Drug for Menstrual Bleeding Could Save Soldiers' Lives
A drug used to treat heavy menstrual bleeding could also control bleeding associated with severe injuries and save soldiers’ lives. Tranexamic acid (TXA) could reduce the risk of death of trauma victims by about 10 percent, equivalent to more than 70,000 lives saved around the world, according to a new Cochrane review.
Lives of soldiers and civilians could be saved
Tranexamic acid (Cyklokapron, Lysteda) belongs to a drug class called antifibrinolytics, and it works by stabilizing a protein which helps the blood clot normally to prevent and stop high-risk bleeding associated with surgery or a traumatic injury. In November 2009, the Food and Drug Administration (FDA) approved Lysteda specifically for the treatment of cyclic heavy menstrual bleeding.
Other antifibrinolytic drugs include aprotinin and epsilon-aminocaproic acid (EACA). In May 2008, aprotinin was withdrawn from the world market because of safety concerns.
In a new review of four studies by the Cochrane Database of Systematic Reviews, the investigators, led by Ian Roberts of the London School of Hygiene & Tropical Medicine, it was noted that TXA reduces the risk of death in injured individuals who experience severe bleeding by about 10 percent when compared with patients who receive no treatment.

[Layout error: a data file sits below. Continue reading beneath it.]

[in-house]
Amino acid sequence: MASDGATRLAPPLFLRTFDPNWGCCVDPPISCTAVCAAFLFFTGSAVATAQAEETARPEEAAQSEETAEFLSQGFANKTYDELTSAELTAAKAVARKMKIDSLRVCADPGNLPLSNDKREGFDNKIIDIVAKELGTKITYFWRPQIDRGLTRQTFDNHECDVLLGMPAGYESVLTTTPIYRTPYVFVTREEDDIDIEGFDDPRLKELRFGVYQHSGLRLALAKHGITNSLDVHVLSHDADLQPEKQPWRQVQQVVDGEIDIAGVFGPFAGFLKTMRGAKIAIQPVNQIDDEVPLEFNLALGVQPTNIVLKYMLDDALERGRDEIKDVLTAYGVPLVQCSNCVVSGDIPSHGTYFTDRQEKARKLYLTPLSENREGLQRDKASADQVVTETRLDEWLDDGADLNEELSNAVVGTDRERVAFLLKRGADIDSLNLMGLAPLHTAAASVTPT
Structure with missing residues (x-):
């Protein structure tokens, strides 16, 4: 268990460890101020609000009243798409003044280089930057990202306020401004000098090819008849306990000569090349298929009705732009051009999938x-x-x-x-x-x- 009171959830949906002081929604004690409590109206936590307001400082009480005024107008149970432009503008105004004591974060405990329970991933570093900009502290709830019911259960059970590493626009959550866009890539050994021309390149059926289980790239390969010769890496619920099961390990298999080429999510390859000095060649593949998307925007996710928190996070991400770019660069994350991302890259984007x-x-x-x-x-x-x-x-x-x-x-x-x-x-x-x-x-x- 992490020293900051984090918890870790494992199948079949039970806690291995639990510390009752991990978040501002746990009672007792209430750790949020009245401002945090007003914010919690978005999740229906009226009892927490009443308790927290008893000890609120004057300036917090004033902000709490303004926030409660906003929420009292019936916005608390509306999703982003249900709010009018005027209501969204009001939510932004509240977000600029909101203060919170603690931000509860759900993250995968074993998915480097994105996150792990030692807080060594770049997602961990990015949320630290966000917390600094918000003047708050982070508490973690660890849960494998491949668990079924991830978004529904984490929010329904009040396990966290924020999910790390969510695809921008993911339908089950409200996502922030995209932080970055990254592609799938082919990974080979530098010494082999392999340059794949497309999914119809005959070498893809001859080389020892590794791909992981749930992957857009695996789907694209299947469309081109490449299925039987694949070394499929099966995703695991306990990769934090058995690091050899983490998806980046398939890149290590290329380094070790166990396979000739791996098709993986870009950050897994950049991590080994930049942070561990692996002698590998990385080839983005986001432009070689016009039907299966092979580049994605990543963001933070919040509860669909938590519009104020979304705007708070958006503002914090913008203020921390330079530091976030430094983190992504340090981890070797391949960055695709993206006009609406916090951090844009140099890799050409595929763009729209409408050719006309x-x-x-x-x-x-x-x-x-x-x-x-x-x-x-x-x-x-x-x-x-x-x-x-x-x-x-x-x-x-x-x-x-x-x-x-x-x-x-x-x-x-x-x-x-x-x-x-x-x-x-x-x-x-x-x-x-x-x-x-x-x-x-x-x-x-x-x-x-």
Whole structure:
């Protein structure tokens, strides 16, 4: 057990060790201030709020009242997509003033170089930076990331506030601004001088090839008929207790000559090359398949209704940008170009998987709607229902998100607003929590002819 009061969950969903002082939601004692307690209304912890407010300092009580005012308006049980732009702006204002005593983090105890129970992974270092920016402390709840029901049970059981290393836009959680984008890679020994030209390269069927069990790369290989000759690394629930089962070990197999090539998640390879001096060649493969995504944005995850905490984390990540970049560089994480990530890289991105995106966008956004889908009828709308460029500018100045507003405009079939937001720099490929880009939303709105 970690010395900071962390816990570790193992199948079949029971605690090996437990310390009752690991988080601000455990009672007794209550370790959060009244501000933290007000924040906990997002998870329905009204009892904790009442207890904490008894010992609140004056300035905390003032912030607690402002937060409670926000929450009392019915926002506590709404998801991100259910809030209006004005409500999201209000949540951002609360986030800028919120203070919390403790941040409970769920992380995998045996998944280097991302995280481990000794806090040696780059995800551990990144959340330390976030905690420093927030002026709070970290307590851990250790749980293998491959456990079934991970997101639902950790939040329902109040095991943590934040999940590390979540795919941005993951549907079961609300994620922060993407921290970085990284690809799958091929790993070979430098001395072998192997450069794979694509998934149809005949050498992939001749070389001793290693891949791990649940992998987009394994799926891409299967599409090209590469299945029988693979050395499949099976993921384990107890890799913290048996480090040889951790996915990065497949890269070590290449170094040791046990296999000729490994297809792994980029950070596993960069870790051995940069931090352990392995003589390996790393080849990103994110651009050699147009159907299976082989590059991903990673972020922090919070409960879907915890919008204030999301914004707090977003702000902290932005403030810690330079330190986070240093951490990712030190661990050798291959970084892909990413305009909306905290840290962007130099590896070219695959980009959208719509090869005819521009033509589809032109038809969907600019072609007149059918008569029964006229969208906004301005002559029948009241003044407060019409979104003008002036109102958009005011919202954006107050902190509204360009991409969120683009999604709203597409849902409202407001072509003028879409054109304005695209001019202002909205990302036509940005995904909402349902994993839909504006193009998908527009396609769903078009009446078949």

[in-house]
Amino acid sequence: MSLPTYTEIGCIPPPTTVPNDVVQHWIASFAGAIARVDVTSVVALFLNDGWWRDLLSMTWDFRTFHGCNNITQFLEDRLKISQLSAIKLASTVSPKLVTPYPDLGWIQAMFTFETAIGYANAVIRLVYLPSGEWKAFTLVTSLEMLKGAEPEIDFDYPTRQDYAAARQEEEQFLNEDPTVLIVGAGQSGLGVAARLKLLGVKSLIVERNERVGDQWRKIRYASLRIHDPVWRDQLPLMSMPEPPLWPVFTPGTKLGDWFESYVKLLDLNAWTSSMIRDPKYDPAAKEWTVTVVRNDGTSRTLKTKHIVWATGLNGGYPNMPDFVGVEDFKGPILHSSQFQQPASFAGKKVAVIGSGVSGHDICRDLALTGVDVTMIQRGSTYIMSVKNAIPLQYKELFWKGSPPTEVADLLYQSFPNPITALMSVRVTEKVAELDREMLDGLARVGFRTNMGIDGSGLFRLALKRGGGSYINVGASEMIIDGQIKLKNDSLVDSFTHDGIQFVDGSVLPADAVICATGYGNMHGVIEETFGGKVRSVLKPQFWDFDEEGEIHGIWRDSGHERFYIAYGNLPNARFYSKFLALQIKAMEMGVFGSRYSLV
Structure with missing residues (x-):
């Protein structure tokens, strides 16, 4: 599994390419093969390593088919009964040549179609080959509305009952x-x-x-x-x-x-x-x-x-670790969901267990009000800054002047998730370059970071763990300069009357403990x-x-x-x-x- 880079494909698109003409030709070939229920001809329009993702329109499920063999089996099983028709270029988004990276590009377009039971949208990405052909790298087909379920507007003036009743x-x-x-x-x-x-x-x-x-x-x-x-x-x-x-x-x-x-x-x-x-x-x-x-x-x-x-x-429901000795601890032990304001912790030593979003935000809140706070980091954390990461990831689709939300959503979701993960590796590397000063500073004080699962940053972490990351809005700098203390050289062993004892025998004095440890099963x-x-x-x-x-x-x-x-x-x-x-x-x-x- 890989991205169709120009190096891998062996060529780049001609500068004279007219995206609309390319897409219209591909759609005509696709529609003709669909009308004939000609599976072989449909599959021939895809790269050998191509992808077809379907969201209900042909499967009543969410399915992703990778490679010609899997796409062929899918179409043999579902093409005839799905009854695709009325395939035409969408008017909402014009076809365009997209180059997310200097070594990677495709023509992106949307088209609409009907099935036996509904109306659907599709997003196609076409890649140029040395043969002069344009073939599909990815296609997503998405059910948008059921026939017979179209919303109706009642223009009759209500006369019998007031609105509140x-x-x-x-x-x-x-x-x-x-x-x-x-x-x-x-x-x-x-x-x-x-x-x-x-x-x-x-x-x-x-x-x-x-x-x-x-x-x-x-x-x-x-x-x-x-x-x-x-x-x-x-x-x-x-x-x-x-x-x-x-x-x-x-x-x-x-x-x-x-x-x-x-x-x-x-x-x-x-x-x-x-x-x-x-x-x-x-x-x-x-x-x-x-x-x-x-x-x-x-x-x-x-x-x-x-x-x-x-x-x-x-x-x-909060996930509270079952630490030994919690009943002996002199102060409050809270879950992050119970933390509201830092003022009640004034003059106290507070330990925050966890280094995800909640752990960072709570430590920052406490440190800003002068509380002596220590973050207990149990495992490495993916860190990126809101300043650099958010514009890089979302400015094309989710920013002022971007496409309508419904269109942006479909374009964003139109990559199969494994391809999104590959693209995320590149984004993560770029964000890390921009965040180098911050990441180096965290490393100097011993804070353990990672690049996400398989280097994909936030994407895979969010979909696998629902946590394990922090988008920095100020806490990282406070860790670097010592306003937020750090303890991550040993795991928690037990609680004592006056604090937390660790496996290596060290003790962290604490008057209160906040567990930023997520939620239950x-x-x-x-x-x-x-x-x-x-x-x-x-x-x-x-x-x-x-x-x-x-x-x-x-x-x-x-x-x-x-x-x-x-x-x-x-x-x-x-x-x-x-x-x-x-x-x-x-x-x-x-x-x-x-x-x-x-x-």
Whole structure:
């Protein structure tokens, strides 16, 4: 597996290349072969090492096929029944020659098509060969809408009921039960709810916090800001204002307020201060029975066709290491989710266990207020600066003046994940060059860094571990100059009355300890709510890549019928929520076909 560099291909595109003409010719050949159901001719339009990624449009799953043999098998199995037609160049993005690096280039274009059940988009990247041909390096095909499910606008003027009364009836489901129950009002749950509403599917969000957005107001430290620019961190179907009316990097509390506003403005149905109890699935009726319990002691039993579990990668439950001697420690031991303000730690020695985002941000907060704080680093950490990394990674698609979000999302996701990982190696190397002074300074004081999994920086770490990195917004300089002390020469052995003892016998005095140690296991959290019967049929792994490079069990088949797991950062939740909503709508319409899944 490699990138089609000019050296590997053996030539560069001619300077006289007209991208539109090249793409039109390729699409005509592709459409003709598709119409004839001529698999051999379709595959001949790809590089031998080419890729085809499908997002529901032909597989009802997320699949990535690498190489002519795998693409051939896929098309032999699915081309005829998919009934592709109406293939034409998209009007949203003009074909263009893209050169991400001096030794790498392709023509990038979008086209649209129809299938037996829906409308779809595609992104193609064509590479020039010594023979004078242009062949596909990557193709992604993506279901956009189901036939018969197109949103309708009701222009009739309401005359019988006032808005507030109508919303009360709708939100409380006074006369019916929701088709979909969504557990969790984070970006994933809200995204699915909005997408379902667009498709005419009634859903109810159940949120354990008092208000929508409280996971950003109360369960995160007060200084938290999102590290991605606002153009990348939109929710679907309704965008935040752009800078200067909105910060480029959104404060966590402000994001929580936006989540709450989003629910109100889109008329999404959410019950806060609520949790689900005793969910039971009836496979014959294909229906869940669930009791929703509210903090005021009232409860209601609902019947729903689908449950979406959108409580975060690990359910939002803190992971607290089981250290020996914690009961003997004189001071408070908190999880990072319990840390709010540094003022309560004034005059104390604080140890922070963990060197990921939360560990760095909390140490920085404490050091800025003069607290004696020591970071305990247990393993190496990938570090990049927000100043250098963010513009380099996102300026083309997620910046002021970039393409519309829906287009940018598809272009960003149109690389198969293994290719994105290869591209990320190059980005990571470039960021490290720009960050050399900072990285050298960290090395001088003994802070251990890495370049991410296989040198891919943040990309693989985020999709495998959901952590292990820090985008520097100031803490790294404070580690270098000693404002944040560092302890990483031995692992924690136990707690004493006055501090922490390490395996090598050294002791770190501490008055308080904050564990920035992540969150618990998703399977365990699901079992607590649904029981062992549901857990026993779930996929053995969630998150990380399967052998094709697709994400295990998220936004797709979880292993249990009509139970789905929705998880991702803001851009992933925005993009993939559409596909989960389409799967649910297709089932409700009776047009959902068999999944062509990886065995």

The review included results from one trial that had 20,211 patients and another that included 240 patients. Two small trials of aprotinin did not provide any useful data.
According to the review, more than three million people die of injuries around the world each year, usually because of excessive blood loss. Injury is the second leading cause of death for people ages 5 to 45 years. Last year, Roberts was part of a consortium that recommended TXA be added to the list of essential drugs by the World Health Organization because of its ability to reduce deaths from all causes by ten percent compared to placebo in the CRASH 2 study.
Roberts explained that TXA appears to be effective in reducing the risk of bleeding to death after injury and has few side effects. “Given the high quality of evidence for the benefits of this drug, we recommend it be used more widely in injury victims with bleeding.” With the massive injuries frequently suffered by military personnel fighting in Iraq and Afghanistan and other combat zones, TXA could be used to save soldiers’ lives.
Roberts I et al. Cochrane Database of Systematic Reviews 2011; 1 (CD004896)